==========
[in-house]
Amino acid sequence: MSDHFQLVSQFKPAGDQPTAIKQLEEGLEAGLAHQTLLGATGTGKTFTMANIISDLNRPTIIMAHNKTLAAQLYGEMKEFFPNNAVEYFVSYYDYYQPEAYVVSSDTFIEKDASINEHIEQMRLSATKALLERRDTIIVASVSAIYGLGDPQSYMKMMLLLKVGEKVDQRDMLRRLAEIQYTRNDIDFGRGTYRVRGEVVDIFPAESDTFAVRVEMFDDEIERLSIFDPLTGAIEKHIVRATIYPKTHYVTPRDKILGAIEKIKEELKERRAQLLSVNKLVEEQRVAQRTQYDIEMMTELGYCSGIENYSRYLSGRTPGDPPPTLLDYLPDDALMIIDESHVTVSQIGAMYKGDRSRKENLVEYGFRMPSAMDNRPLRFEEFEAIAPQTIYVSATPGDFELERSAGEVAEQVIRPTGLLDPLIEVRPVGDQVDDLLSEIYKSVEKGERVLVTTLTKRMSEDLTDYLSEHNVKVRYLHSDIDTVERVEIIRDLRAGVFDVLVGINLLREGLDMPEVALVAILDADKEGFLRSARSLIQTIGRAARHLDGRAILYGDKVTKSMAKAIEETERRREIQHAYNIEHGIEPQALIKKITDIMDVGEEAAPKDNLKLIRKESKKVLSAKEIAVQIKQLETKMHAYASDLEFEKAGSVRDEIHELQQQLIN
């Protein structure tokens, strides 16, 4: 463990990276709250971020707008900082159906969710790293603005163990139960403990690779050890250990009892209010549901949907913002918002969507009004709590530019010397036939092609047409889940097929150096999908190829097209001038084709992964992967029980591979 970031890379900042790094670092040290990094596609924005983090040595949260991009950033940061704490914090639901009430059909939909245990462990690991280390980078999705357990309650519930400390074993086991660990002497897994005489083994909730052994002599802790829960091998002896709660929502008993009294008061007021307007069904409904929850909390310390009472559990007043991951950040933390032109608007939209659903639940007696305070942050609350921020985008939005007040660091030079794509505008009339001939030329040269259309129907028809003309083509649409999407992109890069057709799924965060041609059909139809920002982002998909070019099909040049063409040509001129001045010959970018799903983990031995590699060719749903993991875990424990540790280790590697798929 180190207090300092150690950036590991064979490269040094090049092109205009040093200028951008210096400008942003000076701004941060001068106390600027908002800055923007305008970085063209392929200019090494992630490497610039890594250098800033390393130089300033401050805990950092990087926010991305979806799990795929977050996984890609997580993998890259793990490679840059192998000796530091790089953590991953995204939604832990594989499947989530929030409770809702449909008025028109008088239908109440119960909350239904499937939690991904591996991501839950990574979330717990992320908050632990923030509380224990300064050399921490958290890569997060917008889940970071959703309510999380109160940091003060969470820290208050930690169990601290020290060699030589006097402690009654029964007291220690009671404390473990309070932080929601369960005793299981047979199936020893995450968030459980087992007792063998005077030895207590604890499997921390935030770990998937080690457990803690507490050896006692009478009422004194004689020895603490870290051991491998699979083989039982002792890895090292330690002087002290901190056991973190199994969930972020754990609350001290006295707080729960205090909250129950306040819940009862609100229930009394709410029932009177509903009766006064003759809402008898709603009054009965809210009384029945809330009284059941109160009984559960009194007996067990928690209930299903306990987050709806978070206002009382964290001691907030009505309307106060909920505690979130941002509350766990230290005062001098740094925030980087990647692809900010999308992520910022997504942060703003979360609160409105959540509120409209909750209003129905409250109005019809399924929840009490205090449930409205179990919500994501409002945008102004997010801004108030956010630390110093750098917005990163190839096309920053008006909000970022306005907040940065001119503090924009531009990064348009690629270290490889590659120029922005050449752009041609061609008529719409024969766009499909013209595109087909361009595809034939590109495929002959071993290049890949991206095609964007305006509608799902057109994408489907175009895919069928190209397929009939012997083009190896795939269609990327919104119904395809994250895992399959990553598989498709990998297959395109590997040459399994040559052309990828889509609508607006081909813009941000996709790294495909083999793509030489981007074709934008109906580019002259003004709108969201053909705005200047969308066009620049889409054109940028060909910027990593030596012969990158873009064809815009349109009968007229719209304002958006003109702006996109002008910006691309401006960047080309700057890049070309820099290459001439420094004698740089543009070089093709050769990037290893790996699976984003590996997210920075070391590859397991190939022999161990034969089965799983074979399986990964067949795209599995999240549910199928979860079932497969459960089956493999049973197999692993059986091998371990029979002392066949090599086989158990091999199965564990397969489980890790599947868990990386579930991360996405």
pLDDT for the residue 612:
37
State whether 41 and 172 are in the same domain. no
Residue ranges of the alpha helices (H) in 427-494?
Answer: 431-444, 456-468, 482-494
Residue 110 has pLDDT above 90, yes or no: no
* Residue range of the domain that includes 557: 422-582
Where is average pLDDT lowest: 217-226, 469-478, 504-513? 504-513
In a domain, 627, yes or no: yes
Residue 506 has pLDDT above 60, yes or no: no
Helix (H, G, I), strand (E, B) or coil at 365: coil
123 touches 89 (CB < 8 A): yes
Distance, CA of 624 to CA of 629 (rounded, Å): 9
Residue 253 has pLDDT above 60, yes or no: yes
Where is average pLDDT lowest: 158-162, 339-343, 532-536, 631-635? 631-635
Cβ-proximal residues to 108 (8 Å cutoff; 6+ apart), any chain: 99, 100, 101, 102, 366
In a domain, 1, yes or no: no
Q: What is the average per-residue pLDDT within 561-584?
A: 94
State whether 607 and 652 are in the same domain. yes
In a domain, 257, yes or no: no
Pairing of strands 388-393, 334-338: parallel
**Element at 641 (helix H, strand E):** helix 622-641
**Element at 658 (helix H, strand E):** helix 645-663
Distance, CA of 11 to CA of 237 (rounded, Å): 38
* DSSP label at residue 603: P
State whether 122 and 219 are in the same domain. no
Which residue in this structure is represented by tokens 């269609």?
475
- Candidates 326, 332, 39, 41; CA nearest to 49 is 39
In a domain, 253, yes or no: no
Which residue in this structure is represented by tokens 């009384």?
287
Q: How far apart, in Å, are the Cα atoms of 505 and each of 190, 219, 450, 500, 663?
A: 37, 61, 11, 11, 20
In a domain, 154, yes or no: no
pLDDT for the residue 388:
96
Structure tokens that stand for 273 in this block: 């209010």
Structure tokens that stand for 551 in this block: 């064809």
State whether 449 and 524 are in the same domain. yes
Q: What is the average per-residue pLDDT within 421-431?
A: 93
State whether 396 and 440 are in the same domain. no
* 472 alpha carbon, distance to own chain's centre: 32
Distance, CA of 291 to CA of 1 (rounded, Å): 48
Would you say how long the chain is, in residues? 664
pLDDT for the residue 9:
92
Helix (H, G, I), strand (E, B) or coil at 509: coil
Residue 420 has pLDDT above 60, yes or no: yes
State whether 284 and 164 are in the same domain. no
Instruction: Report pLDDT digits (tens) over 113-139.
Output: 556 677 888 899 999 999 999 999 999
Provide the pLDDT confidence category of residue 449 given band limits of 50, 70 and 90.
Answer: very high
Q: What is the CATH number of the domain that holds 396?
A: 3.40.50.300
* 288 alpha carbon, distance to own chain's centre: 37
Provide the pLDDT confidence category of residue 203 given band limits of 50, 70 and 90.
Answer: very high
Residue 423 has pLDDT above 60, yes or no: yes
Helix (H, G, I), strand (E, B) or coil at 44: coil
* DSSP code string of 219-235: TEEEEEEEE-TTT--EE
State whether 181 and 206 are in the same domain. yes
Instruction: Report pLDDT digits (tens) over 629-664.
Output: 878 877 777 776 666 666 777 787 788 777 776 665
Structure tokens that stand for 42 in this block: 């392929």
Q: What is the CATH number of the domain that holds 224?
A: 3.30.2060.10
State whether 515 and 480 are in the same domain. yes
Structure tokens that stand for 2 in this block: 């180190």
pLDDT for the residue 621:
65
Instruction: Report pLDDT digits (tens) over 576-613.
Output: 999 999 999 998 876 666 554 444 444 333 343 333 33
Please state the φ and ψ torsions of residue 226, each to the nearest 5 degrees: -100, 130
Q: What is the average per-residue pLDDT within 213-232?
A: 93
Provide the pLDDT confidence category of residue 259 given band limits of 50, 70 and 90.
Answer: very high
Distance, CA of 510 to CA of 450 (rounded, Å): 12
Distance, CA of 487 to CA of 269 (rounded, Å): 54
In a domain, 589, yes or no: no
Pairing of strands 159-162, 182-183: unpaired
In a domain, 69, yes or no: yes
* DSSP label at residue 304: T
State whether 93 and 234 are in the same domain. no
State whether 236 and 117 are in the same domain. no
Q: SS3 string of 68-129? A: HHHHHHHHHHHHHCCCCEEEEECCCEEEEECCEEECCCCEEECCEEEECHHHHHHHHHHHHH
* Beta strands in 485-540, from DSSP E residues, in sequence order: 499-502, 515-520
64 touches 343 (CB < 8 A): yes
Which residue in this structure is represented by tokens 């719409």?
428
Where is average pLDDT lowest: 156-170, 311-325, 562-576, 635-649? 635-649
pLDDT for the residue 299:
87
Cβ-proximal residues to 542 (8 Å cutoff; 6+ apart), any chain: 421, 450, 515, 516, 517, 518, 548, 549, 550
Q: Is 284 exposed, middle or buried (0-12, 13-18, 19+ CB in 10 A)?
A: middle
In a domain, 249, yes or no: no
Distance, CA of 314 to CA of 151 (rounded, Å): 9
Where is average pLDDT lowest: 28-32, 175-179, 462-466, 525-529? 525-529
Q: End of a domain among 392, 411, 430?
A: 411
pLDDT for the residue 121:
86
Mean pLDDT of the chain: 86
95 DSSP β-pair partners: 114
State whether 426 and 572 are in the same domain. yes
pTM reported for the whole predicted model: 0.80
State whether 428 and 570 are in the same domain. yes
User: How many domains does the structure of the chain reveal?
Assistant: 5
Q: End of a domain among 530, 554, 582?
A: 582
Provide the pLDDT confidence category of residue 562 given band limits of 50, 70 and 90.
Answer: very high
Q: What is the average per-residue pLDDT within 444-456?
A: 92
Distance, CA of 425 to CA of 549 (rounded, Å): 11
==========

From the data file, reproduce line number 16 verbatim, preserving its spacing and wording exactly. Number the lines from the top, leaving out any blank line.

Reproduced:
Distance, CA of 624 to CA of 629 (rounded, Å): 9